When most folks hear about workplace harassment, it’s likley to be sexual harassment because that’s usually the most common and publicized form. The typical scenerio involves a female subordinate being sexually harassed by a male manager/supervisor, and/or co-worker(s). However, harassment is much broader than that of a purely sexual nature. In fact, harassment may take many forms.
Under the Federal laws prohibiting employment discrimination, harassment may likewise be based upon one’s race, color, religion, age, disability, national origin, or genetic information — in addition to sex. Harassment is no longer strictly a “she said, he said” sexual situation that often happens behind closed doors. A broader definition of harassment, beyond that based on sex alone, has been upheld by numerous appellate level courts over the years and decided by the U.S. Supreme Court over a decade ago — see http://www.eeoc.gov/policy/docs/harassment.html.
Harassment complaints on the rise
A recent article in FedSmith points out that the number of overall harassment complaints filed by Federal workers against their agencies has increased in recent years, according to data from the U.S. Equal Employment Opportunity Commission (EEOC).
Moreover, it’s possible these figures represent the tip-of-the-iceberg because many employees are fearful of speaking out against, or reporting, unlawful behavior, according to the conventional wisdom of employment lawyers and legal analysts. Unfortunately, these harassment victims end up sufferring in silence while the harasser continues to violate the law at will and possibly target others.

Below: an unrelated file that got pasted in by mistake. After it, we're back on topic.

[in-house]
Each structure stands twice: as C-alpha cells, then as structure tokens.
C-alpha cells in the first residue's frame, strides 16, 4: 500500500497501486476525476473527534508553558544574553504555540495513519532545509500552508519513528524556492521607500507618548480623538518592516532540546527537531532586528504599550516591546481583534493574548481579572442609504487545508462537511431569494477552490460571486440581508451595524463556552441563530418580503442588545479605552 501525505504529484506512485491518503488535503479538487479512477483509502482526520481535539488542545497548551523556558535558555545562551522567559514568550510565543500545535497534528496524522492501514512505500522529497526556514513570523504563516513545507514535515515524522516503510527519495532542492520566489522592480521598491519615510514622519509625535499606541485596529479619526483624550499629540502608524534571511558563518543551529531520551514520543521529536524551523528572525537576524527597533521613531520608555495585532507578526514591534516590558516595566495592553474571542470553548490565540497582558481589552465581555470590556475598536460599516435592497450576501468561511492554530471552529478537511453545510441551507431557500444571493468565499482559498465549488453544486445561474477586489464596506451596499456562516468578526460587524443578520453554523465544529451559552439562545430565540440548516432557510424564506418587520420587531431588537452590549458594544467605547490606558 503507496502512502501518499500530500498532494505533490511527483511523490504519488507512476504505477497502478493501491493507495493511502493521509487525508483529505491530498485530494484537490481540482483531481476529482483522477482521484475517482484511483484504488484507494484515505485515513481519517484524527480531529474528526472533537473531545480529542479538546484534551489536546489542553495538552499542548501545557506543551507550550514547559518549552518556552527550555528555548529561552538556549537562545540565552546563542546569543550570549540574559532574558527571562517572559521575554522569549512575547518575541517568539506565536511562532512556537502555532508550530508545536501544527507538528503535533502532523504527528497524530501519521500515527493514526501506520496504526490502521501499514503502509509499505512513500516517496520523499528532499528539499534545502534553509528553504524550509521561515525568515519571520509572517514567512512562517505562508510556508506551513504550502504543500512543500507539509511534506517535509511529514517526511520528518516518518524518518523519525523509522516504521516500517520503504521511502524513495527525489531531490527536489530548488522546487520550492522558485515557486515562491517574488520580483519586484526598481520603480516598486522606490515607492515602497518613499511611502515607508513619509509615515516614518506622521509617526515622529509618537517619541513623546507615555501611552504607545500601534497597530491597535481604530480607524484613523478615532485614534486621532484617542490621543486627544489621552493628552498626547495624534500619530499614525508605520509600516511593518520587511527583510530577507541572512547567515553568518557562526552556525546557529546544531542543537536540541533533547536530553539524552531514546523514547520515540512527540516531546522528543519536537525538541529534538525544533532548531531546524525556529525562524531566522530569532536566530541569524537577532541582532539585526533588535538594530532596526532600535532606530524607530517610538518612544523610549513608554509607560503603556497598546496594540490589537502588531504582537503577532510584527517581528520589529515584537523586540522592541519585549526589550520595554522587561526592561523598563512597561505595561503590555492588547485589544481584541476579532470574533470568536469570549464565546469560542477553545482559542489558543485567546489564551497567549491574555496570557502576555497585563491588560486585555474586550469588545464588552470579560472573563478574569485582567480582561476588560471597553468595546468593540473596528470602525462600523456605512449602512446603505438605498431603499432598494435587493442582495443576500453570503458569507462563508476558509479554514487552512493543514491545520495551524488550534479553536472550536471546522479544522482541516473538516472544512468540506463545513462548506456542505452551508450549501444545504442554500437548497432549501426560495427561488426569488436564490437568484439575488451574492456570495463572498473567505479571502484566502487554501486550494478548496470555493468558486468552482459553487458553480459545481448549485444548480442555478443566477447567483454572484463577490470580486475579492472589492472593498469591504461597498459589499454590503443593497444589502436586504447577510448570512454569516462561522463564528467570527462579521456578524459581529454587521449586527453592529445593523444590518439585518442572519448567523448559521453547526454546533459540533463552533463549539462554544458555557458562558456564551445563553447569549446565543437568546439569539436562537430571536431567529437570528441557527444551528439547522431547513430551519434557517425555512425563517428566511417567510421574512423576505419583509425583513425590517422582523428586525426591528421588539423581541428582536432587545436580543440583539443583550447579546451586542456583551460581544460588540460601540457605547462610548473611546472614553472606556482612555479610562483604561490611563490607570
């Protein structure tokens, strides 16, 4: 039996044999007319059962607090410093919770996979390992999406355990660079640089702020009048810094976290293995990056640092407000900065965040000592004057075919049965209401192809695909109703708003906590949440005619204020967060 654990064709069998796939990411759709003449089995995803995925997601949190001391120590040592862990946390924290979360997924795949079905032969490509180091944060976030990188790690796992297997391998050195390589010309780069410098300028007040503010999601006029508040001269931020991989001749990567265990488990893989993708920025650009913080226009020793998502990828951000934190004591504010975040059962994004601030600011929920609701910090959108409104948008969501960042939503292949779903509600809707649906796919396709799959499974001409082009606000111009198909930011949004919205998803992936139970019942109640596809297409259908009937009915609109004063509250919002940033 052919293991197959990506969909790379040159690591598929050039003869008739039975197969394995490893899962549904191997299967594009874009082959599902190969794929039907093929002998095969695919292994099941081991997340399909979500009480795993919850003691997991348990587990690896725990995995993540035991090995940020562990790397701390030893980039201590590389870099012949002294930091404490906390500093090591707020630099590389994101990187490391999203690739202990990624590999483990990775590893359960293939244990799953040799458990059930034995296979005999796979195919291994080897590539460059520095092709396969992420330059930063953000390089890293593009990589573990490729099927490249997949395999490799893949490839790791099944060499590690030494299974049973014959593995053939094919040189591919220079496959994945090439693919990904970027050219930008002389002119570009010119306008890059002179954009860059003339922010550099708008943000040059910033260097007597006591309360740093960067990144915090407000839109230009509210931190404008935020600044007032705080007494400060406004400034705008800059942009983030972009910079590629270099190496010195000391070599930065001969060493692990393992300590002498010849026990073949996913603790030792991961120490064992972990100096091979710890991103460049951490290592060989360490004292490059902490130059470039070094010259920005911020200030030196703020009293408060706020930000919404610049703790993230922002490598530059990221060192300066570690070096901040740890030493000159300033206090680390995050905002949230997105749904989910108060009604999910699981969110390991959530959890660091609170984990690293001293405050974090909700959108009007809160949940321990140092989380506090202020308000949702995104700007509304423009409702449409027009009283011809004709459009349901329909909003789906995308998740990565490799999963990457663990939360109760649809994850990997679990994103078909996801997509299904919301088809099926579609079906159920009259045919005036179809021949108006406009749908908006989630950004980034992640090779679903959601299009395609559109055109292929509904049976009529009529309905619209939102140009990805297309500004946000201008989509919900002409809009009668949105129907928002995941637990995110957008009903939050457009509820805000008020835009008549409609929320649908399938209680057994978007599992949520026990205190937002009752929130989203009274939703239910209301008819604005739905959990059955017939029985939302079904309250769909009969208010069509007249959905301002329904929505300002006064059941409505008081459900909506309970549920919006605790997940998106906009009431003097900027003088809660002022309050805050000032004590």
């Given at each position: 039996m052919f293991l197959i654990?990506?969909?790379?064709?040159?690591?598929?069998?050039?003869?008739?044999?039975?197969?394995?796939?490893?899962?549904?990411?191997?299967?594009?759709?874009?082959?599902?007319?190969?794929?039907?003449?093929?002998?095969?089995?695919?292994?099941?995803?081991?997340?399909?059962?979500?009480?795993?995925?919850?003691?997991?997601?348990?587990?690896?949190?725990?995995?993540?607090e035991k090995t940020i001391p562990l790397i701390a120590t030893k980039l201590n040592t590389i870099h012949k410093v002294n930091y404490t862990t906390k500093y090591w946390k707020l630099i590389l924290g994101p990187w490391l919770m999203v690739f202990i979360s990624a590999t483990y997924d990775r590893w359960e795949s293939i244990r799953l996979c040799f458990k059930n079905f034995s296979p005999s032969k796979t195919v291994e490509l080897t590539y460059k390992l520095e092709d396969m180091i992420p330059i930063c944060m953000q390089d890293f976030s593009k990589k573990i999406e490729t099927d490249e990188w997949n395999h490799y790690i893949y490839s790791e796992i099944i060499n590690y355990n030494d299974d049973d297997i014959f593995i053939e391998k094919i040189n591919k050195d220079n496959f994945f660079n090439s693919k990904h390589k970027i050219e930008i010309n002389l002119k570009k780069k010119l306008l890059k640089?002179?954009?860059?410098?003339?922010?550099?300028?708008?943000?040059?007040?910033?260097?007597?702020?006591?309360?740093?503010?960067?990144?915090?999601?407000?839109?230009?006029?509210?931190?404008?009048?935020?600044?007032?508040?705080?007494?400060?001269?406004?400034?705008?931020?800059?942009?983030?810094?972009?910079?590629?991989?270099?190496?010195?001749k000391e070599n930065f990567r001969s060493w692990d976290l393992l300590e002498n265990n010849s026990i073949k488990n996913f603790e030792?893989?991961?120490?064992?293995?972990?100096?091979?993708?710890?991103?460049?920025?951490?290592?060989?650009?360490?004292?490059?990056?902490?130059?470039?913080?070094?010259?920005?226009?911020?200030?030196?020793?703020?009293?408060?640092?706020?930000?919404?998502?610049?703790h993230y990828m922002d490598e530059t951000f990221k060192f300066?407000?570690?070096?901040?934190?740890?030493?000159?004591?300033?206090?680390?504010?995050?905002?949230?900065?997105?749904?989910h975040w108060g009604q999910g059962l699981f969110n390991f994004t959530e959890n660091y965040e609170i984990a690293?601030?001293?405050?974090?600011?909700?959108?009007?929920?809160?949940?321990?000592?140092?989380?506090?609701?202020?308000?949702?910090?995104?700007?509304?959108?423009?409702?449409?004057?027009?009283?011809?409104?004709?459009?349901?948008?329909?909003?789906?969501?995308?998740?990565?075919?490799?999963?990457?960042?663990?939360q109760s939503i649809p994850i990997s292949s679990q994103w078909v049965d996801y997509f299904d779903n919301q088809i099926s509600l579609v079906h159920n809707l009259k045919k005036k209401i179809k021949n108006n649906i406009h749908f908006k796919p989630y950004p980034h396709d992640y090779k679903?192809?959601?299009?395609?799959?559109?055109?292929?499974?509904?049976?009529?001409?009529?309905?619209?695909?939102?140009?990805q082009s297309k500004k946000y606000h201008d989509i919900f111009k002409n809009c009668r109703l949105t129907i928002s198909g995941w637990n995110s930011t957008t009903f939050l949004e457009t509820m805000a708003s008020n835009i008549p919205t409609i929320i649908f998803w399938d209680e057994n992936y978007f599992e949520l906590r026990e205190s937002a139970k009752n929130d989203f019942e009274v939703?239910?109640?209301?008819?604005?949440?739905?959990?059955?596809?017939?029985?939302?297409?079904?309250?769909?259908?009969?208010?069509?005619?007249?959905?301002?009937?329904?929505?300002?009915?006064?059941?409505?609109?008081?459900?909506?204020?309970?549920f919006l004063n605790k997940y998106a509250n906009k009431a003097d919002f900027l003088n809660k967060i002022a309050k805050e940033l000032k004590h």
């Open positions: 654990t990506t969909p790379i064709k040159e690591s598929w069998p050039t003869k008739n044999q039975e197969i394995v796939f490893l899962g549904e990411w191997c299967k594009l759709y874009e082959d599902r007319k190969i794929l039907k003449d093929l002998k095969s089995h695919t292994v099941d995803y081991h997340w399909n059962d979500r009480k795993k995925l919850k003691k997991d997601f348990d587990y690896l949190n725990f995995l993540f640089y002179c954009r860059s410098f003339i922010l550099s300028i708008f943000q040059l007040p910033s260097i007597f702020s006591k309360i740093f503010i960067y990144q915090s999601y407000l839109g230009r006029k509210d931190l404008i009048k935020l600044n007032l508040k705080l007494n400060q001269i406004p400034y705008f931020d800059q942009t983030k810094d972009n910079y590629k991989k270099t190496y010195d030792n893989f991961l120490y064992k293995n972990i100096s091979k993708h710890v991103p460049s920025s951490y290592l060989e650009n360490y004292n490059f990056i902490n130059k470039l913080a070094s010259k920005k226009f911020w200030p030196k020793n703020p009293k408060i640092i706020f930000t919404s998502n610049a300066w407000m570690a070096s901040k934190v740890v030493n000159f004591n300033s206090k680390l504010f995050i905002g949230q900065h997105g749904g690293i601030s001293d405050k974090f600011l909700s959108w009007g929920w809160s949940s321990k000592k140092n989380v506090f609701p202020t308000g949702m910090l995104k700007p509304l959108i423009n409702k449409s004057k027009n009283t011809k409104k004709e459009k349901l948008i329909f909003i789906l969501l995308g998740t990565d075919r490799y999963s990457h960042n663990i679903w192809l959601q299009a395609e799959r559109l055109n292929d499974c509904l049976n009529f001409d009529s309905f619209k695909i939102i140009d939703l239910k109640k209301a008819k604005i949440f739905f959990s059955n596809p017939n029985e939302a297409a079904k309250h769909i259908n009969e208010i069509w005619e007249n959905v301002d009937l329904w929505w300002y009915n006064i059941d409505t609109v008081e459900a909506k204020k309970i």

Is harassment increasing because fewer Feds are leaving Government?
The issue of harassment may be further complicated these days according to a theory posited by the FedSmith author, a former Justice Dept. attorney: fewer Feds are voluntarily leaving their jobs during today’s tough economic times, which may result in even more employees being harassed by supervisors and managers. No one deserves to be stuck in a hostile workplace. That’s why it’s in the best interest of all Feds to understand their workplace rights and speak out against illegal behavior.
Have you ever been harassed or witnessed harassment at work?
As a Federal employee, have you ever been harassed and subjected to a hostile work environment? If not, have you witnessed a fellow Fed being victimized? If so, please consider a comment below on your experience. If you prefer to comment anonymously, please e-mail [email protected] for posting. If not, then please share your general thoughts on the topic, as you deem appropriate.
There’s nothing worse than a seriel harasser at work to crush morale and hinder productivity of an employee, team or entire office. To borrow from DHS: if you see something, say something!
*** NOTE: this blog has been revised and updated from an initial version posted on June 12.
*** All views and opinions expressed herein are those of the author only.